DALLAS (November 22, 2013)--Conspiracy theorists were among those who gathered Friday in Dallas as the city marked the 50th anniversary of the assassination of President John F. Kennedy.
About 400 academics and history buffs attended the annual JFK Lancer conference down the street from Dealey Plaza.
Debora Conway, who founded the JFK Lancer conference nearly two decades ago, compares the study of alternate assassination theories to archaeology, saying "We still dig up bones in the sand."
Attendees watched the official ceremony on screens at the conference hotel.
Also meeting were members of the Coalition on Political Assassinations, whose executive director John Judge planned a ceremony Friday afternoon at Dealey Plaza.
Members wore shirts depicting Kennedy's head shot with a bullet on a half-dollar coin.
DALLAS (November 22, 2013) A crowd of several thousand people braved rain and near-freezing temperatures Friday in Dallas to mark the 50th anniversary of the assassination of President John F. Kennedy.
About 5,000 people had tickets for the event.
Blustery conditions during the outdoor commemoration at Dealey Plaza forced organizers to cancel a performance by the Dallas Symphony Orchestra and a flyover.
Umbrellas were not allowed for security reasons so those who attended the midday event bundled up in plastic ponchos, and wore heavy coats and hats, as a light rain fell.
Images of JFK and his family were shown on screens in front of the crowd, including scenes from a Kennedy family Christmas.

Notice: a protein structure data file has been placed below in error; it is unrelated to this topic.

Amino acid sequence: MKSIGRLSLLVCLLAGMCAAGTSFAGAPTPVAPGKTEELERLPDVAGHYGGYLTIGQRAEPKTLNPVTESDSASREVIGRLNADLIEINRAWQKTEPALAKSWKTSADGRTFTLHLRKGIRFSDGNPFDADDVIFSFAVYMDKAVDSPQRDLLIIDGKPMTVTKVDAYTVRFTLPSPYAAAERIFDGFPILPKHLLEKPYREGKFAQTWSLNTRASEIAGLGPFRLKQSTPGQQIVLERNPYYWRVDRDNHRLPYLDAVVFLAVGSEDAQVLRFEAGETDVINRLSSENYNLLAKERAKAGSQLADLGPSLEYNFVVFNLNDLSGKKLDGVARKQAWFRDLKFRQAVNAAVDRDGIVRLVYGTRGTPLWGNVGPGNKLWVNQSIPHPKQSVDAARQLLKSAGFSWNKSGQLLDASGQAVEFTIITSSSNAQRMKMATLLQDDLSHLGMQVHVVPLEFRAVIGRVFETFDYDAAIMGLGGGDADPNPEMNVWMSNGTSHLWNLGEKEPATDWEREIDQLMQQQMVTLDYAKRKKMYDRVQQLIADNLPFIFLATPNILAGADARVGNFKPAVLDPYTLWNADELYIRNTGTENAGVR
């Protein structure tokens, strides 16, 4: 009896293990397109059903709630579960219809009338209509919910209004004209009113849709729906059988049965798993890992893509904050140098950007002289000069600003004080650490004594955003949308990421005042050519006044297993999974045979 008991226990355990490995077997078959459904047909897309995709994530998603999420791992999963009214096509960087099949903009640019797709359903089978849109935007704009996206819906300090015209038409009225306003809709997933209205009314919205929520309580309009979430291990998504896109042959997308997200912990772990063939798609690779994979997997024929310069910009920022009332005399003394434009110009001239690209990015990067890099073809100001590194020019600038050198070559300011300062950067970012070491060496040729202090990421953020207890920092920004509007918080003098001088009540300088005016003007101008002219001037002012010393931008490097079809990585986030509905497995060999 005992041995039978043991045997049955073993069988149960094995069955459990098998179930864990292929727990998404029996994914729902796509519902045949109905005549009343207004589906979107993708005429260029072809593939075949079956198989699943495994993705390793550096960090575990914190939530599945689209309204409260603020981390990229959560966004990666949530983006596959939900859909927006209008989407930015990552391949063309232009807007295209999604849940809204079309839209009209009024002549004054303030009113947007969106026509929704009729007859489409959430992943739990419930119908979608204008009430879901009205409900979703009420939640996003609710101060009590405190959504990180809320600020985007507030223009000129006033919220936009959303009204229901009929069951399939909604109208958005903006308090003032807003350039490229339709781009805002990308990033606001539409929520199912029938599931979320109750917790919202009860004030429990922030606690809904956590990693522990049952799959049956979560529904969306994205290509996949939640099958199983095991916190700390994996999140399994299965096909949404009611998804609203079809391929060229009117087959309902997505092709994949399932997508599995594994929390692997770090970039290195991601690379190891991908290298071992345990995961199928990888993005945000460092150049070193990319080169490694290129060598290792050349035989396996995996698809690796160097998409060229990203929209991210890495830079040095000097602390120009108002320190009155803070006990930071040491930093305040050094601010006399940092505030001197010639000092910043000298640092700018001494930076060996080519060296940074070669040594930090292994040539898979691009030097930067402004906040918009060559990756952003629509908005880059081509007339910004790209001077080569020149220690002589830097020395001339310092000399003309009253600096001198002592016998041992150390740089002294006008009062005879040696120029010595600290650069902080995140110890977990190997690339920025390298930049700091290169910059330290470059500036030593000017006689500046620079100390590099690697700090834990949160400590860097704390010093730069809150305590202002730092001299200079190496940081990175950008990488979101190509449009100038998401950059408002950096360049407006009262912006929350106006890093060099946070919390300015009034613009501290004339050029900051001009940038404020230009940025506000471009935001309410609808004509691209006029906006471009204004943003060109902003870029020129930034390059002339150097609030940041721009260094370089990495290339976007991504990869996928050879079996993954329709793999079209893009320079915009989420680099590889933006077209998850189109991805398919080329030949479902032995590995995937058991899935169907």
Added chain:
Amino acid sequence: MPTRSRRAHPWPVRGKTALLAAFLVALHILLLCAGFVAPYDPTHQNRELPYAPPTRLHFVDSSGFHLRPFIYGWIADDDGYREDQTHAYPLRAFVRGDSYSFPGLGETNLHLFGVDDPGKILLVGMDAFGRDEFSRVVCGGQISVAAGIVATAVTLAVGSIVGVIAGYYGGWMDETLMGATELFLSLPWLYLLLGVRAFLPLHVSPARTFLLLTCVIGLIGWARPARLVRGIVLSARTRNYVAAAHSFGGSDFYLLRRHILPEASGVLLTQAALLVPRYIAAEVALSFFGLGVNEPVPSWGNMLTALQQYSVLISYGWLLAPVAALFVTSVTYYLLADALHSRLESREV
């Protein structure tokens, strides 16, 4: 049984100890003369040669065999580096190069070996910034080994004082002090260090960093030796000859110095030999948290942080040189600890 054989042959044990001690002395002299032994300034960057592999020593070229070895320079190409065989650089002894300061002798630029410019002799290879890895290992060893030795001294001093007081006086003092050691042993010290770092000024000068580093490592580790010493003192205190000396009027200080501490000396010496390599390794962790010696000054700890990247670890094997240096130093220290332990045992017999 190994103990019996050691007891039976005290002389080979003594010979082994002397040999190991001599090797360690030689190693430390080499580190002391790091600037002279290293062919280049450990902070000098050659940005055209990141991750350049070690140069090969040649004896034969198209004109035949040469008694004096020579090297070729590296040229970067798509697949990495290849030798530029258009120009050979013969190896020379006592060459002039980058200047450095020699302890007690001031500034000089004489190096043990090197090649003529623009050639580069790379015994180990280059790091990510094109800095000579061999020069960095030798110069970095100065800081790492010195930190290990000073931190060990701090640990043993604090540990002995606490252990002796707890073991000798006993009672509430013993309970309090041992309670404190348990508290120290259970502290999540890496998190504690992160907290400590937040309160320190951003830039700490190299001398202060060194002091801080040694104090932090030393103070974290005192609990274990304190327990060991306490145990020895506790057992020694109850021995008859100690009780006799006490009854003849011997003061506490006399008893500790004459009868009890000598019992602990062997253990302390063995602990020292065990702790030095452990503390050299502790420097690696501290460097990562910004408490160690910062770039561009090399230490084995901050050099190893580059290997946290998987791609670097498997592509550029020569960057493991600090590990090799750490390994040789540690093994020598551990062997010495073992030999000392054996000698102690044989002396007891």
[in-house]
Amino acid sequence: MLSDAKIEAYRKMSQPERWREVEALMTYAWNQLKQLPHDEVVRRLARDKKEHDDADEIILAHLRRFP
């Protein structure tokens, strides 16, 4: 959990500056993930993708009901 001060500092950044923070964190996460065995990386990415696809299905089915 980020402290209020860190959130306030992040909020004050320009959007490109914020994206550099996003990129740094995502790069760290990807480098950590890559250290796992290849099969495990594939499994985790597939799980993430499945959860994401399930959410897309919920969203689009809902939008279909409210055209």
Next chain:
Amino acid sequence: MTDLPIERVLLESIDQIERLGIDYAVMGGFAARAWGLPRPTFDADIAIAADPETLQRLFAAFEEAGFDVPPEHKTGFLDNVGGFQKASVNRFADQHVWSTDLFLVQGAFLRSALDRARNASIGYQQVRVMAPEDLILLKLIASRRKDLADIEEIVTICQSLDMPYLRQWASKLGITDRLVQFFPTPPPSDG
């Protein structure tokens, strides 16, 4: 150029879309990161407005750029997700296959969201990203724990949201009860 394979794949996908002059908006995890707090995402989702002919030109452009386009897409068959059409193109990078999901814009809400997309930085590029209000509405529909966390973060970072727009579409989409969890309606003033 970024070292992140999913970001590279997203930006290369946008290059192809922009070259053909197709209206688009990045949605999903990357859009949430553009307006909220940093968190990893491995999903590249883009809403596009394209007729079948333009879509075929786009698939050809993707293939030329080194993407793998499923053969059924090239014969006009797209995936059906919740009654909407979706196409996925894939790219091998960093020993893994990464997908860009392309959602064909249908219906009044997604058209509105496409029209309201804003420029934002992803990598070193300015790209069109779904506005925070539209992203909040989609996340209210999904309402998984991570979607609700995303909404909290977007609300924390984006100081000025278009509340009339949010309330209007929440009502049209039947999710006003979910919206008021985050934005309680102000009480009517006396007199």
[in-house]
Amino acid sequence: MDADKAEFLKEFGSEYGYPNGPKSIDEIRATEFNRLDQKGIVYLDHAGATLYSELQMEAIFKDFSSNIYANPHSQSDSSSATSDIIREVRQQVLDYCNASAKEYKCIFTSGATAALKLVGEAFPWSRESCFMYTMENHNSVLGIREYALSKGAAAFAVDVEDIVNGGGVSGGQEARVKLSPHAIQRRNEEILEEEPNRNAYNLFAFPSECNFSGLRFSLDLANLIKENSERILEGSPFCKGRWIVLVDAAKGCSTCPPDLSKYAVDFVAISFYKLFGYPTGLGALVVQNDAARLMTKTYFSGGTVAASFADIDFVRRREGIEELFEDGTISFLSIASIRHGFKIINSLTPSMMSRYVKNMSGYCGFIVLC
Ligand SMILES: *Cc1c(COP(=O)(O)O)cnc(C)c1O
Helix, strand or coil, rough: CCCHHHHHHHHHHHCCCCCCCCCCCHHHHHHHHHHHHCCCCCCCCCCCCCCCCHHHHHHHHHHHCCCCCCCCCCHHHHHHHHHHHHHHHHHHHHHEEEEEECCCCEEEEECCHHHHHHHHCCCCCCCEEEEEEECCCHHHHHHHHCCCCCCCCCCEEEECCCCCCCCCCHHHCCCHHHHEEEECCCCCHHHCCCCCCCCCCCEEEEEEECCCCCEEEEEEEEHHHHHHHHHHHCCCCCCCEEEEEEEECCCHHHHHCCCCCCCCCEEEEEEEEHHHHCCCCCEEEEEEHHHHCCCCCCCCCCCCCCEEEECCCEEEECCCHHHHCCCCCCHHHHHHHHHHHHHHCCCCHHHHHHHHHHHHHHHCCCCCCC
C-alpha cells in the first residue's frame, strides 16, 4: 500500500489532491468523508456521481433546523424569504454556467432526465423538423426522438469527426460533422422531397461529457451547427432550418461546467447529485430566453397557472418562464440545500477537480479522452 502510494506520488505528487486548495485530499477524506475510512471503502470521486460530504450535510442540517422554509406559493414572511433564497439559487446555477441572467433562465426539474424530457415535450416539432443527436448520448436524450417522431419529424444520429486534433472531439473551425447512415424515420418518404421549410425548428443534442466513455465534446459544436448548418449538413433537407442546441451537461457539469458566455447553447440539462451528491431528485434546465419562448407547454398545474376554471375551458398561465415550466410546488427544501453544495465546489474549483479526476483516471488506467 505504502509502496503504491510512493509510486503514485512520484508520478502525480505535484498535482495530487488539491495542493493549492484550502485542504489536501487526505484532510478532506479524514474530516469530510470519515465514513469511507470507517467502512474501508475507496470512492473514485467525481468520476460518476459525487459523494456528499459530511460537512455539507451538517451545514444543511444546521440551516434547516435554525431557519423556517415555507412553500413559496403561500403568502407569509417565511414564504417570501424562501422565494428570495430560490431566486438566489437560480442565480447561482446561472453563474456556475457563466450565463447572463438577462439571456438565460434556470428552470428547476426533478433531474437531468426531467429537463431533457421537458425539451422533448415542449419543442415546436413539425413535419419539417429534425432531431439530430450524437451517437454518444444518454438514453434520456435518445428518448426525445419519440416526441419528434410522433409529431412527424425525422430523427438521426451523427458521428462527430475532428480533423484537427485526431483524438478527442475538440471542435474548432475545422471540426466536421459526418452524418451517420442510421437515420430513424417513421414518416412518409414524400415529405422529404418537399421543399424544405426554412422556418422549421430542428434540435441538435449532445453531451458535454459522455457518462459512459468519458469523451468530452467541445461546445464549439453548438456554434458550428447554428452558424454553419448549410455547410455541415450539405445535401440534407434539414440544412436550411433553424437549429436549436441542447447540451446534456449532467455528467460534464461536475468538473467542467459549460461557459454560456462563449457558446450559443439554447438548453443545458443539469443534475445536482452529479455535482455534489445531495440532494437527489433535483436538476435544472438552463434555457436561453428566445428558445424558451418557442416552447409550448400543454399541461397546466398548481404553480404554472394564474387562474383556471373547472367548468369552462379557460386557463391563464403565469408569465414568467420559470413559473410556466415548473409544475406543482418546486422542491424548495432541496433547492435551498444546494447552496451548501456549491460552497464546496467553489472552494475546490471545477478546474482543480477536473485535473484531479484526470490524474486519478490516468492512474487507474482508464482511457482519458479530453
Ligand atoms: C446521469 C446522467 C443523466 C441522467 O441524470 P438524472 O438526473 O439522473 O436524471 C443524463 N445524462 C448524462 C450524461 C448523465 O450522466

Dallas Mayor Mike Rawlings told the crowd the nation grew up on the day Kennedy died and had to live up to the challenges of the Kennedy’s words and vision.
Rawlings said Dallas has turned "civic heartbreak" into hard work and it is a much different place today.
He called Kennedy an "idealist without illusions who helped build a more just and equal world."
Rawlings' remarks were followed by a moment of silence and a tolling of bells at 12:30 p.m., the time Kennedy was shot on Nov. 22, 1963 as he rode in an open limousine in a motorcade from Love Field to the Dallas Trade Mart, where he was to have delivered a speech to a waiting crowd.
A new marker in Dealey Plaza includes the last paragraph of the speech Kennedy was to have delivered at the Trade Mart.
The speech was to have ended with Kennedy noting that Americans are "watchmen on the walls of world freedom" and therefore must strive to be worthy of that power and try to achieve peace.
Author and historian David McCullough read excerpts of some of Kennedy's most well-known speeches Friday during the ceremony.
He said says Kennedy spoke of things that mattered, including education, service to one's country and the cause of peace on Earth, and he said Kennedy spoke to the point, with confidence and without "stale platitudes."
The observance ended with the Navy choir singing “The Navy Hymn.”
Kennedy served in the U.S. Navy in World War II.